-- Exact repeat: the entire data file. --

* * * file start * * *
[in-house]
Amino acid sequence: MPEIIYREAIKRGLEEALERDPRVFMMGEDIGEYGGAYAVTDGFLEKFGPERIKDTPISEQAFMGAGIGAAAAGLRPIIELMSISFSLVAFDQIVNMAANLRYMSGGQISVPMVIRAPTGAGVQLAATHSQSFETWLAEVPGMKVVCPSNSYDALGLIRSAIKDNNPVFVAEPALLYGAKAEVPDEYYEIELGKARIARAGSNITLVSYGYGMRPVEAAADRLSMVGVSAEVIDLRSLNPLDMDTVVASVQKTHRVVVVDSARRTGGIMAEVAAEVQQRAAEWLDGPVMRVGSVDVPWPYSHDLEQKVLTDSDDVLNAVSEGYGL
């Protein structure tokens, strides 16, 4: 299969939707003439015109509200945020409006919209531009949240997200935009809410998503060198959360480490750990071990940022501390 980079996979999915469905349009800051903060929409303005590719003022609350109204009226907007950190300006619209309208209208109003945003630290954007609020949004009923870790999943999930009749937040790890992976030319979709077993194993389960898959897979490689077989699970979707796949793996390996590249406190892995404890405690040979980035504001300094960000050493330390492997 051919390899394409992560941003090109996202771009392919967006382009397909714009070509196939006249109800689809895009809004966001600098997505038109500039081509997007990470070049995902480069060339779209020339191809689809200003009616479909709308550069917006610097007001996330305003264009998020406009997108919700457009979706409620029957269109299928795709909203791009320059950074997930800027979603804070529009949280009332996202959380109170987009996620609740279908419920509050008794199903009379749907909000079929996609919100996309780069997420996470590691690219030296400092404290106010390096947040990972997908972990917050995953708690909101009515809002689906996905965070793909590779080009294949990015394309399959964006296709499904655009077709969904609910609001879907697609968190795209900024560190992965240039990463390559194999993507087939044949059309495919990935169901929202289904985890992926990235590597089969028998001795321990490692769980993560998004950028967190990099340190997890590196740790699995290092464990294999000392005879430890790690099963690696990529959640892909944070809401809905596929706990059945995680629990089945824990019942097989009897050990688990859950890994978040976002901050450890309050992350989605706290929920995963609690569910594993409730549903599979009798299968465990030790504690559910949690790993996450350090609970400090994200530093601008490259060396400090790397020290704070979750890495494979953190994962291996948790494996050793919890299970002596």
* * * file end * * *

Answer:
[in-house]
Amino acid sequence: MPEIIYREAIKRGLEEALERDPRVFMMGEDIGEYGGAYAVTDGFLEKFGPERIKDTPISEQAFMGAGIGAAAAGLRPIIELMSISFSLVAFDQIVNMAANLRYMSGGQISVPMVIRAPTGAGVQLAATHSQSFETWLAEVPGMKVVCPSNSYDALGLIRSAIKDNNPVFVAEPALLYGAKAEVPDEYYEIELGKARIARAGSNITLVSYGYGMRPVEAAADRLSMVGVSAEVIDLRSLNPLDMDTVVASVQKTHRVVVVDSARRTGGIMAEVAAEVQQRAAEWLDGPVMRVGSVDVPWPYSHDLEQKVLTDSDDVLNAVSEGYGL
């Protein structure tokens, strides 16, 4: 299969939707003439015109509200945020409006919209531009949240997200935009809410998503060198959360480490750990071990940022501390 980079996979999915469905349009800051903060929409303005590719003022609350109204009226907007950190300006619209309208209208109003945003630290954007609020949004009923870790999943999930009749937040790890992976030319979709077993194993389960898959897979490689077989699970979707796949793996390996590249406190892995404890405690040979980035504001300094960000050493330390492997 051919390899394409992560941003090109996202771009392919967006382009397909714009070509196939006249109800689809895009809004966001600098997505038109500039081509997007990470070049995902480069060339779209020339191809689809200003009616479909709308550069917006610097007001996330305003264009998020406009997108919700457009979706409620029957269109299928795709909203791009320059950074997930800027979603804070529009949280009332996202959380109170987009996620609740279908419920509050008794199903009379749907909000079929996609919100996309780069997420996470590691690219030296400092404290106010390096947040990972997908972990917050995953708690909101009515809002689906996905965070793909590779080009294949990015394309399959964006296709499904655009077709969904609910609001879907697609968190795209900024560190992965240039990463390559194999993507087939044949059309495919990935169901929202289904985890992926990235590597089969028998001795321990490692769980993560998004950028967190990099340190997890590196740790699995290092464990294999000392005879430890790690099963690696990529959640892909944070809401809905596929706990059945995680629990089945824990019942097989009897050990688990859950890994978040976002901050450890309050992350989605706290929920995963609690569910594993409730549903599979009798299968465990030790504690559910949690790993996450350090609970400090994200530093601008490259060396400090790397020290704070979750890495494979953190994962291996948790494996050793919890299970002596």